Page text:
mil blues

I posted this elsewhere on the Internet today, but thought I’d put it here as well to get additional perspectives. Sorry for the length and depressing subject matter.

My FiL died in January of 08 after a year and a half battle with leukemia. It was horrible and awful and my MiL was understandably deeply affected by the illness and loss. DW and I did all we could to help during this time. DW had a somewhat rocky relationship with both parents and shortly before FiL was diagnosed, she was planning to start scaling back her interactions with them. Not a CO or anything like that, but just not as involved. Then she was pulled in like WHOA.

In March of 08, we decided to start trying for a baby. Our son was born in 12/09. Though of course this did not factor into our decision to have a child, we thought it might help MiL deal with her grief and give her something new and wonderful to focus on. She was thrilled about the coming grandbaby.

In the years since FiL’s death, MiL has become more and more self-involved, selfish, and demanding/needy. In my opinion, she is showing hypochondriac symptoms. She has had an ailment and surgery pretty much every few months for the last couple of years for mystery type ailments like sleep apnea, back pain. Not that these can’t be real problems, but in her case, it’s like she needs to be the center of attention and has constant health issues. She expects DW to be on-call for her during these crises despite the fact that we live 45 minutes away, DW is a stay-at-home mom, I work full-time, and we have a 22 month old. Selfishly, I am seriously annoyed that not only have we had zero support from her in the baby department, but she is super demanding. Example: DW is driving 45 minutes each way in the morning to take MiL to a doctor’s appointment that is 15 minutes from her home. She can’t drive due to her most recent surgery, but seriously, she can’t take a cab or find a friend to shuttle her to her appointment? Instead DW has to take half a day, I have to lose half a day of work, etc., etc. She gets all bent out of shape when DW resists at all.

Also, she doesn’t work, has very little money and we know when the time comes that her money runs out, it’ll be on us to support her. DW says she will not allow her to live with us and I hope she stays true to that as I’d hate it and I know it would make DW miserable, meaning our lives would be somewhat miserable. I’m so upset that there is all this crap to deal with when I just want to be focusing on my own family. I’m worried MiL is going to be a downer and drain us of money, time, etc. for the rest of her life.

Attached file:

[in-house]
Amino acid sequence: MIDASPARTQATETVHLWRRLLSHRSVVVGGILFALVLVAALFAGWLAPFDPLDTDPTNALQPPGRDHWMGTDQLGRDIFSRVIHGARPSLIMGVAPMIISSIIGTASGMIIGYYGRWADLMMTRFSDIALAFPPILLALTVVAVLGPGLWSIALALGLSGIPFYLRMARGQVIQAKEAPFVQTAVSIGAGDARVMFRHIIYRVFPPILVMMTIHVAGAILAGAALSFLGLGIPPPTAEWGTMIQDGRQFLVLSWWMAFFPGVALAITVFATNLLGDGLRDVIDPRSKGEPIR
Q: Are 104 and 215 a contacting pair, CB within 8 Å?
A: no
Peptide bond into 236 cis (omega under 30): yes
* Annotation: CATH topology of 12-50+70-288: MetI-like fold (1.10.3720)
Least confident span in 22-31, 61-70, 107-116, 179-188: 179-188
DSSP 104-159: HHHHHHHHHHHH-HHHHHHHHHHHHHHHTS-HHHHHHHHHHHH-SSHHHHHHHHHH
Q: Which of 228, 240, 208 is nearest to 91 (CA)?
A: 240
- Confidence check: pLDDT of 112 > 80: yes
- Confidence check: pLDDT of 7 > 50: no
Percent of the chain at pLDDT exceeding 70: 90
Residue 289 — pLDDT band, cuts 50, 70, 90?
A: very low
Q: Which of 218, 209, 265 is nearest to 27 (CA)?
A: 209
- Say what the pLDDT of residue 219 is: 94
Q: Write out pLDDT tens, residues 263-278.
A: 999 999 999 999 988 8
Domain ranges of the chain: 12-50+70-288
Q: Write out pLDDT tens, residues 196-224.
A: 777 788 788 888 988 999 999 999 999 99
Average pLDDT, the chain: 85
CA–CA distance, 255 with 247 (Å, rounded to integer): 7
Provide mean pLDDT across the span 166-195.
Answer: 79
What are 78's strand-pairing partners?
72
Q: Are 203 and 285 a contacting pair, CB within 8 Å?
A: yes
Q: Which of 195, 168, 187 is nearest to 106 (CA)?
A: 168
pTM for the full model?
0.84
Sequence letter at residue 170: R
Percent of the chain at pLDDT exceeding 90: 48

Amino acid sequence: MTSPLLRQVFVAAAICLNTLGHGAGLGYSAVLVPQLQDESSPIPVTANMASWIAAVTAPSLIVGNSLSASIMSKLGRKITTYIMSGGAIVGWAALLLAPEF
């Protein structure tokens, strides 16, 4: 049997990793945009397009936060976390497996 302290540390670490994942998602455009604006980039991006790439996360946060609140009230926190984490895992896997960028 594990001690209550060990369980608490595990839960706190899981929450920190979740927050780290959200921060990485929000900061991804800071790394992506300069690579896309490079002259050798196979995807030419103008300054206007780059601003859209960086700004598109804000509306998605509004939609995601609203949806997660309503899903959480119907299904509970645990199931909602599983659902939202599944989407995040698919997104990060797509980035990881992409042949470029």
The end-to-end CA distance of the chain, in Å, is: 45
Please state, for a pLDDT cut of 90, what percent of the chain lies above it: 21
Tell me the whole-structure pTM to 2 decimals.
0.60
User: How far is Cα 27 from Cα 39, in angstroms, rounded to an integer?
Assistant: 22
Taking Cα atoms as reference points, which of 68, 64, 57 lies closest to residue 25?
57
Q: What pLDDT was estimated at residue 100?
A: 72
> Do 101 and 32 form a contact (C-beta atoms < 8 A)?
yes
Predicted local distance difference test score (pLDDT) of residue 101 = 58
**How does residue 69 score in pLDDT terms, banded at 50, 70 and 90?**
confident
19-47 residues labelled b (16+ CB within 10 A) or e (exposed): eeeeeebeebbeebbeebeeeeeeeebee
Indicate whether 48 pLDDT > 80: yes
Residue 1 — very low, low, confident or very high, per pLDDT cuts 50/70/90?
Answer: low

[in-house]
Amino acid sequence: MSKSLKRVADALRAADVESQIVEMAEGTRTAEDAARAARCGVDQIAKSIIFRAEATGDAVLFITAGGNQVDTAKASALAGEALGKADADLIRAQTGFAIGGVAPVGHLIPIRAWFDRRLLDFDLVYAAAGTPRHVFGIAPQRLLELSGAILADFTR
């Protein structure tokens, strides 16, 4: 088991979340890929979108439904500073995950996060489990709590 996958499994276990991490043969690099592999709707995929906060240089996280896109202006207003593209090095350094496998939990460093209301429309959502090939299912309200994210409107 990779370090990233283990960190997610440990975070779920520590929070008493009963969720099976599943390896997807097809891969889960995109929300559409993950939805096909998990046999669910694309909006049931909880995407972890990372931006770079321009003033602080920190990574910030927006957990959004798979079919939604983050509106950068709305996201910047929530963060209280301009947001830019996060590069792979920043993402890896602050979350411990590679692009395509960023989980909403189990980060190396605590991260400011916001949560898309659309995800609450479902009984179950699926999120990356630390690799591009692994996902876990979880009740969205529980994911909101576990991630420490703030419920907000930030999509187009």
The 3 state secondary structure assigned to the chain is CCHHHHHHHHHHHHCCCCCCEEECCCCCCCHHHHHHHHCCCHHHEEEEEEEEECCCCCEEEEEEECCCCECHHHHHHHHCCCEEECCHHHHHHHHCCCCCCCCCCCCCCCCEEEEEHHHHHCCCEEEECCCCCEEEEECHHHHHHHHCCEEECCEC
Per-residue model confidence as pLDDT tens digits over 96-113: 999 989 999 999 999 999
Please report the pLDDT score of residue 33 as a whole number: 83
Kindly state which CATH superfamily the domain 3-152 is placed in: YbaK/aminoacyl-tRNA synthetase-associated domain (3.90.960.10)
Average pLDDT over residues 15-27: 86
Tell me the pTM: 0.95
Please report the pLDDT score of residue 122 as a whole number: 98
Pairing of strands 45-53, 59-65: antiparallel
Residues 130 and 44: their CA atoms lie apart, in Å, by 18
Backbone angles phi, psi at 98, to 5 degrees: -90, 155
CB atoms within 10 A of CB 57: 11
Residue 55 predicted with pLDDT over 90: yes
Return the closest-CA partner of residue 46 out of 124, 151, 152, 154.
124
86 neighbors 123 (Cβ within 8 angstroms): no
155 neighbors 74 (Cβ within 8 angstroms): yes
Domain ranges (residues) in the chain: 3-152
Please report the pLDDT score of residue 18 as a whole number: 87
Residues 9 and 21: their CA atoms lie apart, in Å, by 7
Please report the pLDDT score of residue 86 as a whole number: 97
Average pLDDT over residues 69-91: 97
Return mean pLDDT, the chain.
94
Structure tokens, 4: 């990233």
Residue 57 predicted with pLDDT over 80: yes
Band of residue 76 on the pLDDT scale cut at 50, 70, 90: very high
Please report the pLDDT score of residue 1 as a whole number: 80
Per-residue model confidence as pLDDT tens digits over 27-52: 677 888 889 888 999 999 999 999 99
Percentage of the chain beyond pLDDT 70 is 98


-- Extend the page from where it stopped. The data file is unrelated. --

DW is an only child so there is no one else to call on for help. MiL also lost her brother to a heart attack about 2 years ago. It’s been a horrible few years for her, no doubt, and I want to help out where we can. Trouble is she just needs/expects way too much – it’s more than we can give.

How would you handle this situation?


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4 responses to “mil blues

  1. Jdz

    That is a very difficult situation. You know my selfish, needy mother who has no money is living in MY house so I kind of get where you’re coming from. Fortunately when S was born she changed completely not that she is any less of a pain on my ass but at least she’s a good grandmother.
    The reality is if MIL has no one else
    your responsiblity for her will only increase as she ages. We are the sandwich generation.
    If you don’t want to be as involved I’d pt more than 45 min between you. ):

  2. oy, no good answers here. i think you and DW should agree on your family’s boundaries and then stick to them. not letting her move in is a good start. re: the doctors’ appointments, it sounds like those are very disruptive to your life. maybe you could research other options for her – shuttles, car services, etc. and then make it happen next time she wants a ride. honestly 45 minutes each way just to take her to an appointment is a bit out of control. (but, i totally get why DW has a hard time saying “no” to her mother…)

  3. I agree with AOOL. You need to stick to your boundaries because once you give in, it’s that much harder to enforce any rules. I would find alternatives for her including public transportation. Maybe even find someone online ( is a good resource) that can assist with her care and bringing her to appointments. You should be clear in what you will and can do and what you can’t. Like, agree to bring her to one appointment a month or something, but after that, let her know alternate arrangements need to be made and you’d be happy to help in finding a solution. She’s probably going to make you feel incredibly guilty, but you all have lives to lead and if you feel it’s too much right now…well, it is.

  4. next in line

    That is really sticky. Is there anything that is enjoyable to do together? Maybe that would help fill some of the need without making you crazy. I am thinking hiring some help when needed could be a great idea.

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